Fiendish deeds, horrific details and blood on the snow

Brennan recounts the facts of Alaska's most notorious crimes

Posted: Sunday, May 05, 2002

"Murder at 40 Below: True Crime Stories from Alaska" by Tom Brennan (Epicenter Press, softbound, 160 pp., Index, illustrations by Brian Sostrum, $14.95).

A wonderfully tacky map illustrated with a cherub, guns, a knife, a nude woman, skulls and handcuffs serves as a tacit introduction to Tom Brennan's non-fiction collection of 10 true crime stories from the Last Frontier.

"Murder at 40 Below" is enjoyable reading for those who like Ann Rule's style of whodunit and don't mind the occasional gory detail. Stories are recreated from an omniscient viewpoint that tells the audience in no uncertain terms how the killer's childhood shaped him, how he got blood on his clothes and what he did with the blunt instrument.

Brennan, like Rule, interviewed investigators, neighbors, and eyewitnesses, read police files, books and newspaper archives, and talked to reporters who had covered the stories, especially Sheila Toomey of the Anchorage Daily News, who wrote the book's Foreword. "I have tried to provide enough information to enable readers to relive the events themselves," he writes. He succeeds admirably.

All ten stories tell of crimes which have been solved. They range from individual crimes of passion to sudden mass killings and carefully planned, cold-blood serial butchery. Having lived in the Anchorage area during the reigns of Charles Meach and Robert Hansen, I know first-hand how the banks of the Knik River, the McHugh Creek picnic grounds and the secluded bike paths along Ship Creek, in Kincaid Park and elsewhere began to seem haunted by evil. I interviewed one young woman who was raped in daylight on a bike path paralleling a main thoroughfare while cars roared past and her small dog anxiously waited.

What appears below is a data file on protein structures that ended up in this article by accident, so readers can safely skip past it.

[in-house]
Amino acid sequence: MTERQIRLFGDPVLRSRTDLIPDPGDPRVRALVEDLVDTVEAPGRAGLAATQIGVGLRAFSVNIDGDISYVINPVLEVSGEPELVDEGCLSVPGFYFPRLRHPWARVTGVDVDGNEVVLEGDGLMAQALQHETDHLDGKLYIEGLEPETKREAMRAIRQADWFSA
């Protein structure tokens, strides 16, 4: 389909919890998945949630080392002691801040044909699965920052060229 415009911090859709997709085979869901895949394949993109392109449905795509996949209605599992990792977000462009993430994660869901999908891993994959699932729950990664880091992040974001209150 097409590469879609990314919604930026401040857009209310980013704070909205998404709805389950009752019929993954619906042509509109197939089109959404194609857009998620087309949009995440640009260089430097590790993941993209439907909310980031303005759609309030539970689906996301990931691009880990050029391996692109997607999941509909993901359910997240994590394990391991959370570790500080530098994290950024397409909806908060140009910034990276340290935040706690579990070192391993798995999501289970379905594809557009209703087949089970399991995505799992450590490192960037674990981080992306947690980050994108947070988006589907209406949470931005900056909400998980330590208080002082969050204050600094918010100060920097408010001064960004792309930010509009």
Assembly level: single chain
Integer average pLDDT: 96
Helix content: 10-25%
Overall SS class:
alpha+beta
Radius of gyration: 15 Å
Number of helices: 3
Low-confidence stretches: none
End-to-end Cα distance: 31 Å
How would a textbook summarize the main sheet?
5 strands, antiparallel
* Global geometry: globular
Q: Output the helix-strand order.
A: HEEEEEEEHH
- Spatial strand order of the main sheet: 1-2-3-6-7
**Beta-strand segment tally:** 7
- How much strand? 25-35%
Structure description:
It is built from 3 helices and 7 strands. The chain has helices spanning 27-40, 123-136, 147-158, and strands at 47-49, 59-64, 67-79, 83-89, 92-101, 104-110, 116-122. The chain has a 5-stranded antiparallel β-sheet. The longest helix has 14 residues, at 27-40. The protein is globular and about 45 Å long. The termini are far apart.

Baker and cake decorator Robert Hansen, for example, killed at least 17 young women in a 12-year career of hunting human trophies in the Anchorage area. He often flew young women out to Knik River in his small plane and made them play prey while he pursued them, then buried them there in shallow graves. Hansen came and went on work release from Alaska Psychiatric Institute, attacking and killing people on bike paths and in parks. Michael Silka took seven lives on one spring day in 1984 at Manley Hot Springs. Louis Hastings killed six and wounded two at McCarthy.

In his preface, Brennan writes, "Extreme cold, long winter nights - even the continuous sunlight of summer - can affect the minds of those living on the emotional edge. Many of the murderers described here were misfits who retreated from civilization to build new lives in the wilderness, but found the North Country even harder to handle than the societies they left. Eventually the misfits exploded and people died."

Juneau comes into play in "Murder at 40 Below" in the form of construction worker Robert Stroud. His crime, Brennan makes clear, was not "notorious." "Instead he shot a grifter whose death was a civic improvement." But for shooting the bartender who beat his girlfriend, Stroud was given the maximum sentence and became a troublesome prisoner, whose sentence grew to encompass the rest of his life, 54 years.

Brennan is a newspaper editor, columnist and business consultant who has lived in Anchorage since 1967. He worked for many years in the oil industry both as an in-house executive and external consultant.

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